The Coming Tsunami of Connected Cars and What It Means for Radio

[This is a guest blog I was invited to write for the Audio Blood blog for Canadian Music Week. – AC]

Canadian radio broadcaster and long time CMW panelist Alan Cross wrote a guest blog for us about the future of Radio on your drive home.

The radio has been a fixture in the car since 1931. The trusty AM/FM receiver has survived competition from 8-tracks (1965), cassette players (c.1975) and CD players (1984). I didn’t mention Chrysler’s in-dash turntable from the middle 50s because, well, you can imagine how well that worked out.

The idea of having a car without a radio was just lunacy. Where else would you get your news, sports, traffic and weather? And the radio is excellent for listening to all kinds of music. A radio station’s biggest concern was convincing drivers to include it at the top of the car stereo’s list of presets.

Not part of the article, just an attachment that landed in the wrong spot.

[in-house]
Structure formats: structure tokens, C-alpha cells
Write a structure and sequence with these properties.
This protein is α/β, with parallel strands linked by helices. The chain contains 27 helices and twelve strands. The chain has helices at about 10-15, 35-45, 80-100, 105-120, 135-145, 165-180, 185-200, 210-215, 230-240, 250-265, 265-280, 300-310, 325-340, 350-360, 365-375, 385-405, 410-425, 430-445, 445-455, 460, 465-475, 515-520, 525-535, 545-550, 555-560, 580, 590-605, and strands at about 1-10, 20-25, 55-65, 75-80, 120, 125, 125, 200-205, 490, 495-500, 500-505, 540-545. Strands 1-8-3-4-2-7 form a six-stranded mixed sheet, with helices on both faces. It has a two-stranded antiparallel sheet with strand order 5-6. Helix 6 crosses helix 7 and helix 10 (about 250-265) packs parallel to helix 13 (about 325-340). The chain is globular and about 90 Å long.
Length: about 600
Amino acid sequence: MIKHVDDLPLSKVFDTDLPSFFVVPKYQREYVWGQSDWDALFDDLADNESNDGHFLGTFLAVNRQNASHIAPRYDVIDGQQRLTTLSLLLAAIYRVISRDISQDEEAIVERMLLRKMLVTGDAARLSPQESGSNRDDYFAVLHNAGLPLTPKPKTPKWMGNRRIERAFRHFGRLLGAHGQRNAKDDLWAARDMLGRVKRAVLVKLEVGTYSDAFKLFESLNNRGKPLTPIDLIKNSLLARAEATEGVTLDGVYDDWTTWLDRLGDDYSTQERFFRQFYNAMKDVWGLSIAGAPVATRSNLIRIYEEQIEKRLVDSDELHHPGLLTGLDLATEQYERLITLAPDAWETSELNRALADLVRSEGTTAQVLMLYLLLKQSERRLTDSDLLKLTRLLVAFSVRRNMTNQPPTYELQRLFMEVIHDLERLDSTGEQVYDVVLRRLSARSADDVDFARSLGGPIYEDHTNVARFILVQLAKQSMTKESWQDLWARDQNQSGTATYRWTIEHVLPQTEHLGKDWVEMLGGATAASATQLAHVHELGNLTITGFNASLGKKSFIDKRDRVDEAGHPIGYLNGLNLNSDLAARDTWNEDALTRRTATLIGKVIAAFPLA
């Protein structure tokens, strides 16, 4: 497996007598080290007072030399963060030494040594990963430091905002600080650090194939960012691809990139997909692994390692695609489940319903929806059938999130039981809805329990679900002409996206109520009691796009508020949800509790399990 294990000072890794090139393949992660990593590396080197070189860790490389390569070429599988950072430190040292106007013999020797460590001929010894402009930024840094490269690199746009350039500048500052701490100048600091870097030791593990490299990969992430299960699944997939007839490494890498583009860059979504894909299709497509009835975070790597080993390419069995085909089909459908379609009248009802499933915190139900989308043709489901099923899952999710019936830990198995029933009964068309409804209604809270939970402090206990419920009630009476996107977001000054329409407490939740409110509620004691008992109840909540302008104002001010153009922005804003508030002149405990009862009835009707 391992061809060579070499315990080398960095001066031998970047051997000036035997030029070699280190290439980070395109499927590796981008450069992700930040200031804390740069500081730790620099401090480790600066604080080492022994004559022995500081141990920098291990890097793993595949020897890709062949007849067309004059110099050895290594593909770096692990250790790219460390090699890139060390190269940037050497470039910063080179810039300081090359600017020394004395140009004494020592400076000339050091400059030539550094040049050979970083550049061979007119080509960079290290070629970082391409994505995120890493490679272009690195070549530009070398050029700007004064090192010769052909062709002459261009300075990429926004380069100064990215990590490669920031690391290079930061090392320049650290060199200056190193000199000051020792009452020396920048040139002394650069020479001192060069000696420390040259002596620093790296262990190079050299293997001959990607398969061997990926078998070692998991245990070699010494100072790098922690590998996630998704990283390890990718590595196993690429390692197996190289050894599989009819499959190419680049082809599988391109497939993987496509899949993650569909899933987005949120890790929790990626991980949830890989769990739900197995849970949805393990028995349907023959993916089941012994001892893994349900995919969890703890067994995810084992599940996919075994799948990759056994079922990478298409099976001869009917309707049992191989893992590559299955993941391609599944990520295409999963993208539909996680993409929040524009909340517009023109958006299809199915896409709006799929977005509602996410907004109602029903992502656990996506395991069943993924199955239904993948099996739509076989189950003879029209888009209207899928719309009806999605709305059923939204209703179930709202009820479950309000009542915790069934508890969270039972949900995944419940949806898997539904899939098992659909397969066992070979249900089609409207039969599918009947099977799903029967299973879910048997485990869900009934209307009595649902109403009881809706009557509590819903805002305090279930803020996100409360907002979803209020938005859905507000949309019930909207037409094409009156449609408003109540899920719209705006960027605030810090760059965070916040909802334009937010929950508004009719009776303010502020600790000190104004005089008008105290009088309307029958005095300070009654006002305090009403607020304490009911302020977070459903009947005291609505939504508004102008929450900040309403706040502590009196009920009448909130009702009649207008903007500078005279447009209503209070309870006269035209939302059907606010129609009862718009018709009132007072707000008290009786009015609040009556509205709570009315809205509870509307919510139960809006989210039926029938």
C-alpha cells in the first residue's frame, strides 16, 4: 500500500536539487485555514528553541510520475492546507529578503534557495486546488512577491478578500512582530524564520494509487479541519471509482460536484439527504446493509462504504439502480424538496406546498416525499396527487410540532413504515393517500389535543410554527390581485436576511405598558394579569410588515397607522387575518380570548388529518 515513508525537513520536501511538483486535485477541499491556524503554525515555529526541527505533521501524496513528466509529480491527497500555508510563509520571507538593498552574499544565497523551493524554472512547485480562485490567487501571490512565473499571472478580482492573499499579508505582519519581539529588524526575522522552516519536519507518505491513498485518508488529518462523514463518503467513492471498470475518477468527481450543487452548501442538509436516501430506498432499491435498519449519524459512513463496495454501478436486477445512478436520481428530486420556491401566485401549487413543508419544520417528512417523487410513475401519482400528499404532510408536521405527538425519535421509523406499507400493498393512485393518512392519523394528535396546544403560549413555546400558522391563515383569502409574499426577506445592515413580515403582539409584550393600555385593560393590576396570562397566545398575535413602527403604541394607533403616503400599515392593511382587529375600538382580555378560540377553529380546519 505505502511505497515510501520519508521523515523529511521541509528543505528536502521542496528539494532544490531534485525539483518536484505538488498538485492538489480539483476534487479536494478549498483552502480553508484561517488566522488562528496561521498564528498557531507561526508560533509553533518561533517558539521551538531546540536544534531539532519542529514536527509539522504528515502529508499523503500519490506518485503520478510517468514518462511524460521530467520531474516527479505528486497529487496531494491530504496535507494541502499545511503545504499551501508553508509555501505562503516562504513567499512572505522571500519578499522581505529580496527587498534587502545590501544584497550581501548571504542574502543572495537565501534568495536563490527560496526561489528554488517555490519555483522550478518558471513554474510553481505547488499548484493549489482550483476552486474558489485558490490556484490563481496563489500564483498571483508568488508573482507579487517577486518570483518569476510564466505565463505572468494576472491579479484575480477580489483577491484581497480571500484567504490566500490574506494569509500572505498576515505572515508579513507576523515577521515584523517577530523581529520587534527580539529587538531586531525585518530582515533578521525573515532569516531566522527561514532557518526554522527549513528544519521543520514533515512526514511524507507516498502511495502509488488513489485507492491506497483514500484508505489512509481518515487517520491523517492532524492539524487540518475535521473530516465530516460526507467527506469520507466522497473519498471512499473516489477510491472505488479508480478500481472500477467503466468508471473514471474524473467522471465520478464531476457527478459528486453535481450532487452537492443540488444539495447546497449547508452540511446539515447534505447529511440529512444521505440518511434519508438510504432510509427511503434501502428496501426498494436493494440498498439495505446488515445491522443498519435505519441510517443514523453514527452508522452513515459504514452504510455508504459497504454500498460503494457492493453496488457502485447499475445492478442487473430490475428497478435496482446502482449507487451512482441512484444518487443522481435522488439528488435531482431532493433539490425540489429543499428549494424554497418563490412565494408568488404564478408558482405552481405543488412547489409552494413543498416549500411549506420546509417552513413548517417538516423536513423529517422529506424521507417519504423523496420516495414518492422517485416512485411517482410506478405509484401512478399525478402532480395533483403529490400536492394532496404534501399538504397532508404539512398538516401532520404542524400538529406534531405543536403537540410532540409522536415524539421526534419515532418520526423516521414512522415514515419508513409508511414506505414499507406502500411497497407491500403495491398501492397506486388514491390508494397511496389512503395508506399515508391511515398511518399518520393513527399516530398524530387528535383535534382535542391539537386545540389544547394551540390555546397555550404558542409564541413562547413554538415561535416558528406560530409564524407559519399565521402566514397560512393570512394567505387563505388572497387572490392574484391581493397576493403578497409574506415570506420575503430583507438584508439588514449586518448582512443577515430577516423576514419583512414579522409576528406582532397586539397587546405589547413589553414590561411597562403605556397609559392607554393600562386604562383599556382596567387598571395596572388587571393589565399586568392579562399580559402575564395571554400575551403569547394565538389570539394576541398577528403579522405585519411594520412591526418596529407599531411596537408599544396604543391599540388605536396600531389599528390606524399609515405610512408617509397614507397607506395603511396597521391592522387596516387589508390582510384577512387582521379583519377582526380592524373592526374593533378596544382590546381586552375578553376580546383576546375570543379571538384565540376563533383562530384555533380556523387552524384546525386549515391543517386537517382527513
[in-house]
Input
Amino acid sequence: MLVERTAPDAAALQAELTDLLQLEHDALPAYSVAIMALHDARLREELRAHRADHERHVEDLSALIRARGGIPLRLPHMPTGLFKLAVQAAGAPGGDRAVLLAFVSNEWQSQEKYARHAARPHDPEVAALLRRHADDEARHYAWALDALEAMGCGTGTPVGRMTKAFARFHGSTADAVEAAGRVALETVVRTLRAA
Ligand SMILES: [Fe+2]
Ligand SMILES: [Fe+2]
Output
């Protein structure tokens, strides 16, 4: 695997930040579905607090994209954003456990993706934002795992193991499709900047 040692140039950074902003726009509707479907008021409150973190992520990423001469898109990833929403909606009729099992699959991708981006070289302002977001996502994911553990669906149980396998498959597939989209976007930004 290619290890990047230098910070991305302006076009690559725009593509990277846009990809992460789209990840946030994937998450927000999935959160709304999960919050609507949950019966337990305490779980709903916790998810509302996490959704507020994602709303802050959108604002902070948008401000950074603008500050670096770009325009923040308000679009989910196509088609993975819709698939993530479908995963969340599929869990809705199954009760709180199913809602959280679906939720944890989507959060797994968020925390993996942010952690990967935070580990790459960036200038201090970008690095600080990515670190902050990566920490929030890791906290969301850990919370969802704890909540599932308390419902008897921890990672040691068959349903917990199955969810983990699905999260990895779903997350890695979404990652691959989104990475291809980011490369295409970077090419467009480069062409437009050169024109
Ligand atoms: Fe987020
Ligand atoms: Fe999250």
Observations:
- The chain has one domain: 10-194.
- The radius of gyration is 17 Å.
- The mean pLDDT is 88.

However, over the last decade or so, standard terrestrial radio has found itself increasingly marginalized. If you’ve been shopping for a vehicle recently, you’ll know that dashboards are a whole lot more interesting than they used to be. In addition to AM, FM and CD, there’s satellite radio and navigation. Some vehicles offer video screens that play DVDs for the kids in the back seat. And the biggest innovations surround your smart phone.

It used to be a real pain to connect your iPod or smart phone to your car’s stereo system: FM transmitters, cassette adapters and awkward cabling. But now, thanks to properly integrated connections, better interfaces, voice-activated commands and Bluetooth, connecting a smart phone can be almost seamless.

Read on

 

Alan Cross

is an internationally known broadcaster, interviewer, writer, consultant, blogger and speaker. In his 40+ years in the music business, Alan has interviewed the biggest names in rock, from David Bowie and U2 to Pearl Jam and the Foo Fighters. He’s also known as a musicologist and documentarian through programs like The Ongoing History of New Music.

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